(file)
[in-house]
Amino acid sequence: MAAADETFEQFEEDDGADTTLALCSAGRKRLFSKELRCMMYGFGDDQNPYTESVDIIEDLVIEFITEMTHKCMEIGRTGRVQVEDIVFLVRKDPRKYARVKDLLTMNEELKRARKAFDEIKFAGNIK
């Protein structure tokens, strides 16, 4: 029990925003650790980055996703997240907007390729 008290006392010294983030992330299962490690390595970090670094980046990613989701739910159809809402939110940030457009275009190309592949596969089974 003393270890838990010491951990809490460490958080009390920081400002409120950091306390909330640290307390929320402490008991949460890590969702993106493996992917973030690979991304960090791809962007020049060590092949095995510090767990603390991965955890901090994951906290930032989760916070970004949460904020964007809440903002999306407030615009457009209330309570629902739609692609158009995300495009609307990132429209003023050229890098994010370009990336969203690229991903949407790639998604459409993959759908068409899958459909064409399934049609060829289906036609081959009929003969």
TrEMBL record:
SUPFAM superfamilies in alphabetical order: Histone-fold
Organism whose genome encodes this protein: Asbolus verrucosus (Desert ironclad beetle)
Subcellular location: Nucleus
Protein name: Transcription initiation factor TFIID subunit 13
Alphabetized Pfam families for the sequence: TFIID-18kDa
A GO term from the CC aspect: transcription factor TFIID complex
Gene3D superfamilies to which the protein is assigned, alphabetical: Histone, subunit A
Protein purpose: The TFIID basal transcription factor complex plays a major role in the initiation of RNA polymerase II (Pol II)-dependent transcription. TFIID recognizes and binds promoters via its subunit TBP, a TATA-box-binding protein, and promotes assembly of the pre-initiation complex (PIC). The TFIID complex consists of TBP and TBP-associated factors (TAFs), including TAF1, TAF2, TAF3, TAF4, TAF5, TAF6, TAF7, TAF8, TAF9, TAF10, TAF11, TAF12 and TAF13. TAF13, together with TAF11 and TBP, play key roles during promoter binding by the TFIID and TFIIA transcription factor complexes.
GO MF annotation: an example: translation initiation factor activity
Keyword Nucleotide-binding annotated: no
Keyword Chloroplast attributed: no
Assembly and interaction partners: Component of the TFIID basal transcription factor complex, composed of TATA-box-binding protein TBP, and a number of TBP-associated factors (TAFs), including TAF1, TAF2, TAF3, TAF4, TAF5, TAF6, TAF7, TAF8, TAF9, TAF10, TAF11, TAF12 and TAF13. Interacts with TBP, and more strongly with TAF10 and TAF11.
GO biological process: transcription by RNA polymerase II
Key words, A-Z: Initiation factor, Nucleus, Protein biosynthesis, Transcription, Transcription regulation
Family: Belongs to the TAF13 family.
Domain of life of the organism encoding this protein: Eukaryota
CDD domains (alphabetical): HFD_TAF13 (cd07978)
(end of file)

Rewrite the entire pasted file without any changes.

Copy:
[in-house]
Amino acid sequence: MAAADETFEQFEEDDGADTTLALCSAGRKRLFSKELRCMMYGFGDDQNPYTESVDIIEDLVIEFITEMTHKCMEIGRTGRVQVEDIVFLVRKDPRKYARVKDLLTMNEELKRARKAFDEIKFAGNIK
């Protein structure tokens, strides 16, 4: 029990925003650790980055996703997240907007390729 008290006392010294983030992330299962490690390595970090670094980046990613989701739910159809809402939110940030457009275009190309592949596969089974 003393270890838990010491951990809490460490958080009390920081400002409120950091306390909330640290307390929320402490008991949460890590969702993106493996992917973030690979991304960090791809962007020049060590092949095995510090767990603390991965955890901090994951906290930032989760916070970004949460904020964007809440903002999306407030615009457009209330309570629902739609692609158009995300495009609307990132429209003023050229890098994010370009990336969203690229991903949407790639998604459409993959759908068409899958459909064409399934049609060829289906036609081959009929003969």
TrEMBL record:
SUPFAM superfamilies in alphabetical order: Histone-fold
Organism whose genome encodes this protein: Asbolus verrucosus (Desert ironclad beetle)
Subcellular location: Nucleus
Protein name: Transcription initiation factor TFIID subunit 13
Alphabetized Pfam families for the sequence: TFIID-18kDa
A GO term from the CC aspect: transcription factor TFIID complex
Gene3D superfamilies to which the protein is assigned, alphabetical: Histone, subunit A
Protein purpose: The TFIID basal transcription factor complex plays a major role in the initiation of RNA polymerase II (Pol II)-dependent transcription. TFIID recognizes and binds promoters via its subunit TBP, a TATA-box-binding protein, and promotes assembly of the pre-initiation complex (PIC). The TFIID complex consists of TBP and TBP-associated factors (TAFs), including TAF1, TAF2, TAF3, TAF4, TAF5, TAF6, TAF7, TAF8, TAF9, TAF10, TAF11, TAF12 and TAF13. TAF13, together with TAF11 and TBP, play key roles during promoter binding by the TFIID and TFIIA transcription factor complexes.
GO MF annotation: an example: translation initiation factor activity
Keyword Nucleotide-binding annotated: no
Keyword Chloroplast attributed: no
Assembly and interaction partners: Component of the TFIID basal transcription factor complex, composed of TATA-box-binding protein TBP, and a number of TBP-associated factors (TAFs), including TAF1, TAF2, TAF3, TAF4, TAF5, TAF6, TAF7, TAF8, TAF9, TAF10, TAF11, TAF12 and TAF13. Interacts with TBP, and more strongly with TAF10 and TAF11.
GO biological process: transcription by RNA polymerase II
Key words, A-Z: Initiation factor, Nucleus, Protein biosynthesis, Transcription, Transcription regulation
Family: Belongs to the TAF13 family.
Domain of life of the organism encoding this protein: Eukaryota
CDD domains (alphabetical): HFD_TAF13 (cd07978)